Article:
The answer is both yes and no.
The continual generation is part of the point. We don’t even realize all that we have lurking on our mental and emotional radars until we start putting pen to paper. Fill a whole spiral notebook! Then you will understand why you feel like life is crazy and out of control.
It will eventually slow down and maybe even stop. But especially for moms managing a bustling household, the process can take weeks. Partly it will take weeks because our time is always interrupted. Partly it will take weeks because as we uncover more and move about our regular routines, we’ll think of more and more and more.
Write it down.
On the other hand, just like decluttering closets, decluttering your mind is never really done. It’s a strategy to return to again and again, whenever you need to get a grip on a project, an event, or a head full of distractions and details.
Three levels to declutter your mind
In fact, there are three kinds or three levels of brain dumps.
First, there is the thorough, complete, gigantic brain dump that might take you a month or more. This is like a mind-purging event, and it is cathartic once it’s done. Trust me, and just keep spilling until there’s no more to spill, Keep jotting everything down without worrying about what you’ll do with all this stuff when you’re done.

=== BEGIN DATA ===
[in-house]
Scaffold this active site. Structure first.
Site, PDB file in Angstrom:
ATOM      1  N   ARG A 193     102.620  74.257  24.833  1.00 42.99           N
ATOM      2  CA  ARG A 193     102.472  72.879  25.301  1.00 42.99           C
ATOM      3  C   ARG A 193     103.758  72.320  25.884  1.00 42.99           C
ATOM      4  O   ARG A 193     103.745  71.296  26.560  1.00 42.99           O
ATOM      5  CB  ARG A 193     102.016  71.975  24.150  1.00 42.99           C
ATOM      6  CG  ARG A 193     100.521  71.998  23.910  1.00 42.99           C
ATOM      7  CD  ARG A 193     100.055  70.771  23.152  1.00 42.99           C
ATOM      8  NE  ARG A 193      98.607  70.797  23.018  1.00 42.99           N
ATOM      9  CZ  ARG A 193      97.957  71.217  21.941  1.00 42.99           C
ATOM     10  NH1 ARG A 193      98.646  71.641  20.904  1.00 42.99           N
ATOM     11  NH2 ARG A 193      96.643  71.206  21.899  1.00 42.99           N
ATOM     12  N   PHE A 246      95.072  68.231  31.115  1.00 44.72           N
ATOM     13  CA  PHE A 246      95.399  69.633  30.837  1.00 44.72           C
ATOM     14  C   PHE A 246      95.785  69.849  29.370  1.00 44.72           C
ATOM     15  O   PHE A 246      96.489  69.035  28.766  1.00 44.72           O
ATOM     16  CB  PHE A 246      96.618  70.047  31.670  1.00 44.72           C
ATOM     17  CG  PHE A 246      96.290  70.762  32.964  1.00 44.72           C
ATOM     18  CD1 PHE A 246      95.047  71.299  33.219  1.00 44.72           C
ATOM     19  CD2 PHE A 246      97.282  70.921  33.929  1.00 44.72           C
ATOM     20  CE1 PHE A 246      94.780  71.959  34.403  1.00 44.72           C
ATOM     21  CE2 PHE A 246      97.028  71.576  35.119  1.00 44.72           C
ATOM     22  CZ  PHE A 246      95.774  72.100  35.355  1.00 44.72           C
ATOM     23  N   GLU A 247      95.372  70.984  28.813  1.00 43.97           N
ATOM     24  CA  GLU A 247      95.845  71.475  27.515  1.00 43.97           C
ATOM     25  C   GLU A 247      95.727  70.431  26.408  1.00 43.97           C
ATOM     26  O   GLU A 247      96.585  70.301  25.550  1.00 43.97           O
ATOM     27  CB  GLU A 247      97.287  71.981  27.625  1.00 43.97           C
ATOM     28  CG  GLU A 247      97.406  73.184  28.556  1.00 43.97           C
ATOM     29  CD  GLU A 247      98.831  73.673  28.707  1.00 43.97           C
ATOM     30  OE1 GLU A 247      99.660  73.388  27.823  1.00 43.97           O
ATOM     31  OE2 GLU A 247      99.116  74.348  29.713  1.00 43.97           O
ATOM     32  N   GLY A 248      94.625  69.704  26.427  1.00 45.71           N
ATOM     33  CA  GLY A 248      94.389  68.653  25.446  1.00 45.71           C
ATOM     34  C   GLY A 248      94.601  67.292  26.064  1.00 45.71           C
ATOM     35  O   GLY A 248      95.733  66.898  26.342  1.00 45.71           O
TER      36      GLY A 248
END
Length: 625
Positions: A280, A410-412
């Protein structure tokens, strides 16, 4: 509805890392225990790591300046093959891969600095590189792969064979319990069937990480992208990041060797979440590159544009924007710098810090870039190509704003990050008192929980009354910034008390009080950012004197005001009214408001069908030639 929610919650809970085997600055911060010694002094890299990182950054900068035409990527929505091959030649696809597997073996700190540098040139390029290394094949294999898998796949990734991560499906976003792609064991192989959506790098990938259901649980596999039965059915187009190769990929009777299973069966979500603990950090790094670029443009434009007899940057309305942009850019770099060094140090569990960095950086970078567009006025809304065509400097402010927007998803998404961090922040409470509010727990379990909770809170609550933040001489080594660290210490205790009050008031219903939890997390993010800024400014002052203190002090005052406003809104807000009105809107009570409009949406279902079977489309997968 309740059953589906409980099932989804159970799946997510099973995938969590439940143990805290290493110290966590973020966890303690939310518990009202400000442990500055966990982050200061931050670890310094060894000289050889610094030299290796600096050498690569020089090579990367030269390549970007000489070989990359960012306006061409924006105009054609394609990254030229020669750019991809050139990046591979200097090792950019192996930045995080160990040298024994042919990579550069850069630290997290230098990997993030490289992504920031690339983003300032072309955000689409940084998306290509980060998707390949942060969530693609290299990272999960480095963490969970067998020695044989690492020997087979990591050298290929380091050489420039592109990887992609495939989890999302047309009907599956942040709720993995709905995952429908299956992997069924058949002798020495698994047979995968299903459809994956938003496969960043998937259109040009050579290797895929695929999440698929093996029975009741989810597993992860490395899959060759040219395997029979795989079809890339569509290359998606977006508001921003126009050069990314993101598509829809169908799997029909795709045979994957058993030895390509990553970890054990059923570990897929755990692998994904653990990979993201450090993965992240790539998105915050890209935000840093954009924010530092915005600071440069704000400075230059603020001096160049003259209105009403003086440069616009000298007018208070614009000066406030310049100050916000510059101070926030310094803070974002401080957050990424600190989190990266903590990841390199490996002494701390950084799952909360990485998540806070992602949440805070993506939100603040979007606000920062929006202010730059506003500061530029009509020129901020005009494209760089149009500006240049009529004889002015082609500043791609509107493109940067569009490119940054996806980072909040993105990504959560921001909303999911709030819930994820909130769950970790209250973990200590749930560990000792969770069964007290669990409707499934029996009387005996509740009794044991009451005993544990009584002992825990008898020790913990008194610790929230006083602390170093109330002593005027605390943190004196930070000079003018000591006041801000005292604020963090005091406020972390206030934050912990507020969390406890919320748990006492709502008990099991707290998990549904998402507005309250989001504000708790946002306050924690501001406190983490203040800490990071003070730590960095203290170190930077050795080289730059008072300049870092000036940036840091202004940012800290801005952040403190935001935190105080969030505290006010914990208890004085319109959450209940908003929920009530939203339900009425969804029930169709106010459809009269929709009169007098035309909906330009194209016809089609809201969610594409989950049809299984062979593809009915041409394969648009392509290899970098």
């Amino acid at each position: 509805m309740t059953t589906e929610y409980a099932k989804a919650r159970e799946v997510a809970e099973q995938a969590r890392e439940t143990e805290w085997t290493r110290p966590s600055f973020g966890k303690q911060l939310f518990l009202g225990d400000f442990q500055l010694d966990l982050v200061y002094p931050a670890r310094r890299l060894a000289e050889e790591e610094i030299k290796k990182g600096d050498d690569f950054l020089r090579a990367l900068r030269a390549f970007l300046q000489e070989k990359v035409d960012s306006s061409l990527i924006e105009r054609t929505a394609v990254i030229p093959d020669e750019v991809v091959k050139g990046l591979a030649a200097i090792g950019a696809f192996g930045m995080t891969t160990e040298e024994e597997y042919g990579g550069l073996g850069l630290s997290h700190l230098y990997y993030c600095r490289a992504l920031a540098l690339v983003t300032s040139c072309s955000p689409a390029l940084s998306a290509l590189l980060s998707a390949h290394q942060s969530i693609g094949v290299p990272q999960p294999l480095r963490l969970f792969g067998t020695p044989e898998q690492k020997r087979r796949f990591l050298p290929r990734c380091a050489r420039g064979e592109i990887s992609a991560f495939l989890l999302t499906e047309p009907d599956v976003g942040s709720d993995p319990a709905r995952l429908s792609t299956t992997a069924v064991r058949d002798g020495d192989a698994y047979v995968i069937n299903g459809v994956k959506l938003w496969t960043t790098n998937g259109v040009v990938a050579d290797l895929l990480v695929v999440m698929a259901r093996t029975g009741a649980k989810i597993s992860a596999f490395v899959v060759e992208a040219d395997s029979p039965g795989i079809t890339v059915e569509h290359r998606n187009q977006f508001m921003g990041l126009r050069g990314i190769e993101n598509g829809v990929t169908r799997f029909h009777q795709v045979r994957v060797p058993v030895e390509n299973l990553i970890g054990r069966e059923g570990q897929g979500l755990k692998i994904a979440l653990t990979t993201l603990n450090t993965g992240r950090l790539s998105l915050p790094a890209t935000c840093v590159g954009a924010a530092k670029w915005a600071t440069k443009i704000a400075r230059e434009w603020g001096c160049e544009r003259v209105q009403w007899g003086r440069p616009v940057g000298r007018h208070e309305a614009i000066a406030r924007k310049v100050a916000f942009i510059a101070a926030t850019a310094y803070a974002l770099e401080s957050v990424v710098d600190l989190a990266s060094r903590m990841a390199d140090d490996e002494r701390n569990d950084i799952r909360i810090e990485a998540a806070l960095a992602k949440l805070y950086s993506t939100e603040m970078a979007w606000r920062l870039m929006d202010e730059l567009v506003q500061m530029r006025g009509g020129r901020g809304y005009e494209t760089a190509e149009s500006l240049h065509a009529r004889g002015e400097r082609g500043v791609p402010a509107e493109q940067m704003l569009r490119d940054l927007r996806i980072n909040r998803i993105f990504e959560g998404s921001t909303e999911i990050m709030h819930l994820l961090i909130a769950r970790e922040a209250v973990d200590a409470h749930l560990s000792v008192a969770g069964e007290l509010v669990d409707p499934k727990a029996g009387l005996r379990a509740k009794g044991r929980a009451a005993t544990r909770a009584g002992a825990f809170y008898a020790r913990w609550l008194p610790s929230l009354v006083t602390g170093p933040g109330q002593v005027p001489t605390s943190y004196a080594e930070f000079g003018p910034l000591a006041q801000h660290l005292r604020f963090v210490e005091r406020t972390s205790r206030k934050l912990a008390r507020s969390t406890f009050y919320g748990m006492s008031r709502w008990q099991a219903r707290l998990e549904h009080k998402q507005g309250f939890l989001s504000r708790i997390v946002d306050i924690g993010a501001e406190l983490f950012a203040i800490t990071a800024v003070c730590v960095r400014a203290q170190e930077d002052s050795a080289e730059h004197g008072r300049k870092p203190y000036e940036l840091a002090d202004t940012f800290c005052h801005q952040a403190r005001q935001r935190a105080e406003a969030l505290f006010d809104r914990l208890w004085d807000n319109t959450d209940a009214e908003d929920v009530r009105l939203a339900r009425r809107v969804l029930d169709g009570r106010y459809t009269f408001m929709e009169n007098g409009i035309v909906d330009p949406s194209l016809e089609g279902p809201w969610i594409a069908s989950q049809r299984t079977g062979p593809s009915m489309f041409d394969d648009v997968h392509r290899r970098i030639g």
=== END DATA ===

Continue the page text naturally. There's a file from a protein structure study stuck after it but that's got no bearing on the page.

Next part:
Second, there is project-based brain dumping. Before you start a new project or plan a new year or host a large event, sit down with a pad of paper and brain dump everything you can about it: what you want it to be, why you want to do it, random details, big picture goals - as it occurs to you, just write it all down. Ideas will begin to coalesce and you’ll have an important reference to work from as you tackle your project.
Third, there is ubiquitous capture. After you’ve brain dumped and felt the mental release of details being on paper instead of rattling around in your head, you’ll not want to go back to using your mind as a reminder system. So, you need to learn the ubiquitous capture habit: Write it down, right away.